Let me get one thing clear, I love Resident Evil 4. Aside from being the game that revitalised the franchise after a number of years doing what I call “just doing the same old shit again and again” it’s also one of my favourite games of all time. When it was announced that a new version would be arriving to PC with upgraded visuals and mouse/keyboard support I was genuinely pleased. A chance to fend off hordes of angry baddies with pinpoint precision in crisp HD? That to me screams “GAMING NIRVANA”. Unfortunately, writing this review has put me in a bit of an awkward position as this latest version, labelled the “Ultimate HD Edition” is anything but that.
Chances are you’re probably already aware of RE4s storyline but I’d like to go through it one more time, mainly because it’s just bloody stupid, but in a good way, like a cat running in circles in an attempt to catch its own tail. Floppy fringed special agent Leon S Kennedy (last seen in RE2) is sent to a rural part of Europe (that’s just Europe and most definitely NOT Spain, no matter what anyone tells you) to locate the President’s daughter who’s been kidnapped by a religious group who’ve unleashed a mind-controlling parasite onto the local populace.
Doesn’t sound daft enough yet? Let me up the ante a bit more: The main villain dresses like a crap Emperor Palpatine, his subordinate is a Spanish Midget Napoleon (WHOOPS!) and most of the cutscenes are played out in a very “nudge nudge, wink wink” kind of tone that makes me think that everyone involved was just flat out taking the piss (see below for an example). It’s also only tangentially related to the previously established plotline, meaning players new to this series can jump straight in without having to worry about anything that took place in the previous games.
The gameplay is still the same as it was back in 2005, you control Leon from a behind the shoulder camera perspective, direct bullets skullwards to stun enemies, then get up close to press a button and roundhouse kick them in the face. Unfortunately that’s where things have gone wrong in this port. Upon starting the game I found that the mouse aiming felt stiff and unnatural, like a man trying to hide an embarrassing erection by thrusting his knob into a blender. I was able to get used to the aiming after a few hours of practice but it’s nowhere near as precise as the Wii version. Accessing the inventory felt laboured as well, the game forces you to use the backspace and page up/down keys to rotate items and there’s no option to use the mouse, which turned item management into a bit of a ballache.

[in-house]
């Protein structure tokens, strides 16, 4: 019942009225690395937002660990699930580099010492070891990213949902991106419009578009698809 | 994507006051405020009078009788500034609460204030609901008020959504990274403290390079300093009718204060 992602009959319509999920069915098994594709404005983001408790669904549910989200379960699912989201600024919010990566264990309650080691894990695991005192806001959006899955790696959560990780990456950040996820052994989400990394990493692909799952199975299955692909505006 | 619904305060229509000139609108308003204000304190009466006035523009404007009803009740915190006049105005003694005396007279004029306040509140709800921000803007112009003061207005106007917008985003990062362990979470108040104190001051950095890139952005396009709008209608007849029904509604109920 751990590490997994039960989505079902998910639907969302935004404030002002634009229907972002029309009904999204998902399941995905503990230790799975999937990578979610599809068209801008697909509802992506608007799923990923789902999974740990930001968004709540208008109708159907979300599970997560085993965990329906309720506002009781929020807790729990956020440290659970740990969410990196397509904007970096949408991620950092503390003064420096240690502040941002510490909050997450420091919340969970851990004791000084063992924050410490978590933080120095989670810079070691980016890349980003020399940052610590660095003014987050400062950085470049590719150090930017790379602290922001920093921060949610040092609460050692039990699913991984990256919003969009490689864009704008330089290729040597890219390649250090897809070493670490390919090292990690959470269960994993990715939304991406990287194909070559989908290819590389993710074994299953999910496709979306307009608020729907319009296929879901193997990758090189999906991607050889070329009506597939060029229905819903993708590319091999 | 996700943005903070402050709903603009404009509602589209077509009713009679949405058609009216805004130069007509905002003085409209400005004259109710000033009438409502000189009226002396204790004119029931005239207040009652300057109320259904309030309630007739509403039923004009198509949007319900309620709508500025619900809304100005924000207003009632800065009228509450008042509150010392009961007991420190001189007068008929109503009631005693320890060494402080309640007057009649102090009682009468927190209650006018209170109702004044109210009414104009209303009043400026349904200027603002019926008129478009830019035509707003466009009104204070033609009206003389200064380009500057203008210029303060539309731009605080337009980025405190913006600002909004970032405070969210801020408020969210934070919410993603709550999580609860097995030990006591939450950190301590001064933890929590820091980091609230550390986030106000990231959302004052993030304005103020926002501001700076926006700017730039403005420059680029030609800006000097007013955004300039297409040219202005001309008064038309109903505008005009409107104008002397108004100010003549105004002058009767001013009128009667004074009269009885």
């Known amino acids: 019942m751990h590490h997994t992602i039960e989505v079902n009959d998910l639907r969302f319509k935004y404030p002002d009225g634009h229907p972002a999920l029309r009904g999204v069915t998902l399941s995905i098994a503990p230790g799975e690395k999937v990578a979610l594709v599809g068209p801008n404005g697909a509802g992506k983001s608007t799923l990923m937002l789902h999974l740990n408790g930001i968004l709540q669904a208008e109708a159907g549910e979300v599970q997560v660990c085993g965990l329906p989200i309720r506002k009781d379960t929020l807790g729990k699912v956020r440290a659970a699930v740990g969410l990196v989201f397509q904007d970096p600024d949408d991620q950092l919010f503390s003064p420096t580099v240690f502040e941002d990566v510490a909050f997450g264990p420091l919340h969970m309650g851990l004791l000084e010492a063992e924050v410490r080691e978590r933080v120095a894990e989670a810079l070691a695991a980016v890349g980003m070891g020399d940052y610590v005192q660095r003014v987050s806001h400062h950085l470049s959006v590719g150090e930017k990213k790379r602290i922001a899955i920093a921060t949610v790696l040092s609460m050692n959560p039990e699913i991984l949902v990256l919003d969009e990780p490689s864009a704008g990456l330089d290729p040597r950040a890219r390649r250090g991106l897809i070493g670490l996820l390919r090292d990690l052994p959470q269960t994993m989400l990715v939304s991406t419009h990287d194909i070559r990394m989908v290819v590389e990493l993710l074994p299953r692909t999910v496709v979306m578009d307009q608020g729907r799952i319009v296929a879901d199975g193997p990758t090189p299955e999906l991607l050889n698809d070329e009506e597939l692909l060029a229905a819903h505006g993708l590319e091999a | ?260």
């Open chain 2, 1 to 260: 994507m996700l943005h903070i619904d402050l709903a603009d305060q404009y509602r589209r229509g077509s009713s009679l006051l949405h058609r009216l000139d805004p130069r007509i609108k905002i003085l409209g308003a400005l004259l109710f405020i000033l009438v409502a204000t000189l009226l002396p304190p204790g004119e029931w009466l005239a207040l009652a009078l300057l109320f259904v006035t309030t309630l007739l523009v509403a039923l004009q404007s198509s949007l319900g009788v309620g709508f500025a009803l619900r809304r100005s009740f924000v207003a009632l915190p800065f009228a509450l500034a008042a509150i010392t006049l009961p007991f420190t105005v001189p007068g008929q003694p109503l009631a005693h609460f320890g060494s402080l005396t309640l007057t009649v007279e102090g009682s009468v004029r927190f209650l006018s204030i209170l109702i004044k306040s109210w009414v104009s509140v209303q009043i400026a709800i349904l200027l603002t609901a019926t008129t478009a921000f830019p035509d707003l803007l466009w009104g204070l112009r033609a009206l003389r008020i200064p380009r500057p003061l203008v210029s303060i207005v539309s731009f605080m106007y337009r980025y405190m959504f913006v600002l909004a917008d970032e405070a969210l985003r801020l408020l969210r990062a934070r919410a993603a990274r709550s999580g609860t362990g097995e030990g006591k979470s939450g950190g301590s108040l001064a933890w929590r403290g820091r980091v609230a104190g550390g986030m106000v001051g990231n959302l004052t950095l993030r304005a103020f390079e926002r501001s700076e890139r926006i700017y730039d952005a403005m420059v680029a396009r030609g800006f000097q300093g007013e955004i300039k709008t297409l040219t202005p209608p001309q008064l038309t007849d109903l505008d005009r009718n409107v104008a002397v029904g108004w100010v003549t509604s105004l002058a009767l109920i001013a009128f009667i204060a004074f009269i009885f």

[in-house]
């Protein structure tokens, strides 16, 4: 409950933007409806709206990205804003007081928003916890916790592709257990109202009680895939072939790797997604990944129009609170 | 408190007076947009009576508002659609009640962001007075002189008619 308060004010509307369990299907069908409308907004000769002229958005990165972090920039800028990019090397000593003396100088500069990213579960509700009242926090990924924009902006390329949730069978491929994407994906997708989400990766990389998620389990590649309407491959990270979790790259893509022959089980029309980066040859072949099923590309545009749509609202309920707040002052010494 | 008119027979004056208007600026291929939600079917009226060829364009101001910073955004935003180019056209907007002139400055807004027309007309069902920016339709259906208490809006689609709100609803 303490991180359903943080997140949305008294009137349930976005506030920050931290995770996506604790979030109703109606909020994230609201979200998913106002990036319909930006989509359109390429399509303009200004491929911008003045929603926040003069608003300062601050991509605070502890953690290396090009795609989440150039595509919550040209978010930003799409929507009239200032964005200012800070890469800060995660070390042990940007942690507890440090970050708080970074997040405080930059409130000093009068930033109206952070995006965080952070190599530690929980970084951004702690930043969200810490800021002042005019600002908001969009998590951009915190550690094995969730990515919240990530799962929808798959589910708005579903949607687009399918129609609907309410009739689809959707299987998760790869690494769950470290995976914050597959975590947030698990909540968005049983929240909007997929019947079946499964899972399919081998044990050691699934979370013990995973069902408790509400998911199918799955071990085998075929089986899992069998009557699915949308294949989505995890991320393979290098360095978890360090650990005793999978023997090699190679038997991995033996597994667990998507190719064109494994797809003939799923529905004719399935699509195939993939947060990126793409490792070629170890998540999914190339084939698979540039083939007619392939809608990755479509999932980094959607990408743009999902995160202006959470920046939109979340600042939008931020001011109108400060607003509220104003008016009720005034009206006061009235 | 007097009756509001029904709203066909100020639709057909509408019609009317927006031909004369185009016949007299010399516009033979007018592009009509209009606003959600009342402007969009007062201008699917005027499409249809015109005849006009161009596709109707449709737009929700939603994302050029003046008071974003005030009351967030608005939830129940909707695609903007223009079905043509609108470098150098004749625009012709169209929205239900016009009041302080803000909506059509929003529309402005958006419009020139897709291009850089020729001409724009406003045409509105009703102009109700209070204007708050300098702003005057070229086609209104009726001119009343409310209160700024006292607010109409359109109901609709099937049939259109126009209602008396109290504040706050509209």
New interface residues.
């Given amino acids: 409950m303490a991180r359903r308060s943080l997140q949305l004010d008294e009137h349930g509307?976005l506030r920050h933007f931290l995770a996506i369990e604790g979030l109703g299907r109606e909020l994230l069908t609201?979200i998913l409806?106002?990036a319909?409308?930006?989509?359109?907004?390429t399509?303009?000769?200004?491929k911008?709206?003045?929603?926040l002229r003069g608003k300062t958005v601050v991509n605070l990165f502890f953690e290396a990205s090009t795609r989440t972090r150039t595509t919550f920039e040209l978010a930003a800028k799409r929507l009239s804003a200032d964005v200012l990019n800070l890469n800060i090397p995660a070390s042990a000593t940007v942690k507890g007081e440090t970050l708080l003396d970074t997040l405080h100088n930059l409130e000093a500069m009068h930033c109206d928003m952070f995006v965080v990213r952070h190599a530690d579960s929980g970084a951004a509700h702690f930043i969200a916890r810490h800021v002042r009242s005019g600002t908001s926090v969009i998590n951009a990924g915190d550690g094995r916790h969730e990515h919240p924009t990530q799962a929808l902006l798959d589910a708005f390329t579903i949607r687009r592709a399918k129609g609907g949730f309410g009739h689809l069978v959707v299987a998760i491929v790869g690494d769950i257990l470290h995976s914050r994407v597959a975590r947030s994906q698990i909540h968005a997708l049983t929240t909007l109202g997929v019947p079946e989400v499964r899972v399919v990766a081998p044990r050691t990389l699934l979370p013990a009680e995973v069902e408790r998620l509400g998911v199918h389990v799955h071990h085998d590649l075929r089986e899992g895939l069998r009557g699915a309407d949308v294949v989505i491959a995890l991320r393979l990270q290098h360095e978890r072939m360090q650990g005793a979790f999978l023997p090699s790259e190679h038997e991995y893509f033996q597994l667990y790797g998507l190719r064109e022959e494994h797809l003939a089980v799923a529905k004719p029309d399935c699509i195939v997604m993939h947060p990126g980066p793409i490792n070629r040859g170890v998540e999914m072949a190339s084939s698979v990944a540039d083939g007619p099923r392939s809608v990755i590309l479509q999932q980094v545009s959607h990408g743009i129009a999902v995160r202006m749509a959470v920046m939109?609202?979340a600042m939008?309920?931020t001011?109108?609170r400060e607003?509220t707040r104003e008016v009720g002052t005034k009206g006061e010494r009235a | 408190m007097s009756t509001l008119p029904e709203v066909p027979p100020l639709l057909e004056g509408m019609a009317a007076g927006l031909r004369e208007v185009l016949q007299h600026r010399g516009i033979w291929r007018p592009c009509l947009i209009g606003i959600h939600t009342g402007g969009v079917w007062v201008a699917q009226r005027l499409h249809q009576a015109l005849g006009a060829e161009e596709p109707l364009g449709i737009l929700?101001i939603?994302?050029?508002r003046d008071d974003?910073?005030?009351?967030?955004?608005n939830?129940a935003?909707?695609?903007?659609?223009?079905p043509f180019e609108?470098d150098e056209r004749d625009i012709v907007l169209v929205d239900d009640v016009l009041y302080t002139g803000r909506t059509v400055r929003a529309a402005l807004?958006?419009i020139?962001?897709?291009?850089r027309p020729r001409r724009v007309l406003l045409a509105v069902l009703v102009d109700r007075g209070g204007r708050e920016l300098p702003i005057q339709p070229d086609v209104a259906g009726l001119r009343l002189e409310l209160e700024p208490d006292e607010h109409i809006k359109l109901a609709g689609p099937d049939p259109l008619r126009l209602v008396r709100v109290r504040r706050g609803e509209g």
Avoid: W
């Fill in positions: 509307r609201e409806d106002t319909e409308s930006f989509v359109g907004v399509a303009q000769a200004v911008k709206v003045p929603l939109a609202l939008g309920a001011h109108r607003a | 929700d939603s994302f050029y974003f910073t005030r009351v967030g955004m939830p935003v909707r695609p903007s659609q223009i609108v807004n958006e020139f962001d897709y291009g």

Quick time events were a bit of a hassle as well, two of the buttons used for them are X and C and I’ll be quite honest about this; having to be constantly ready to move your fingers from WASD to X and C just felt wrong, like trying to play a game of ten pin bowling using just your elbows. The game also didn’t seem to register my X key half of the time, meaning there were multiple occasions when I would get killed seemingly because the game just couldn’t be arsed to acknowledge that I’d pressed the right buttons during a QTE. Like the inventory there’s no option to change these buttons so unless you’ve got a controller handy you’re all but guaranteed to suffer at least a bit of grief throughout the game.
Of course the most significant upgrade in this version are the visuals, with the game sporting new HD textures and a 60fps framerate (though the original textures and 30fps framerate remain available). I played the game at 1920*1080 and I thought the character models and environments looked pretty good (a bit of an achievement considering that the models are still limited to their original polygon counts). It’s not perfect though, some areas look like they haven’t received the same amount of effort as others (one of the levels in the Mercenaries minigame look almost comically ugly) and dropping down to 30fps made things feel very slow and clunky. Those aren’t the only problems with the graphics though, there were multiple moments when the game dropped into slow motion territory for seemingly no reason whatsoever and reloading either of the two sniper rifles on offer when running 60fps cuts the framerate in half, something which doesn’t happen when you’re using any of the other weapons. I used a Radeon 7950 to play the game and I’m pretty certain that’s enough to play this game, even when taking the visual upgrade into account.
Still, even with all the problems I’ve listed it’s still Resident Evil 4 and it’s still a good game. The new lick of paint does the job pretty well for the most part and if you’re playing with a pad you won’t even encounter any of the control issues I had whilst playing. All of the extras from the previous versions of the game are available here as well so there’s easily 20 hours of playtime to be had. If you’ve never played RE4, have a controller and are wondering what all the fuss is about then I heartily recommend that you give it a go.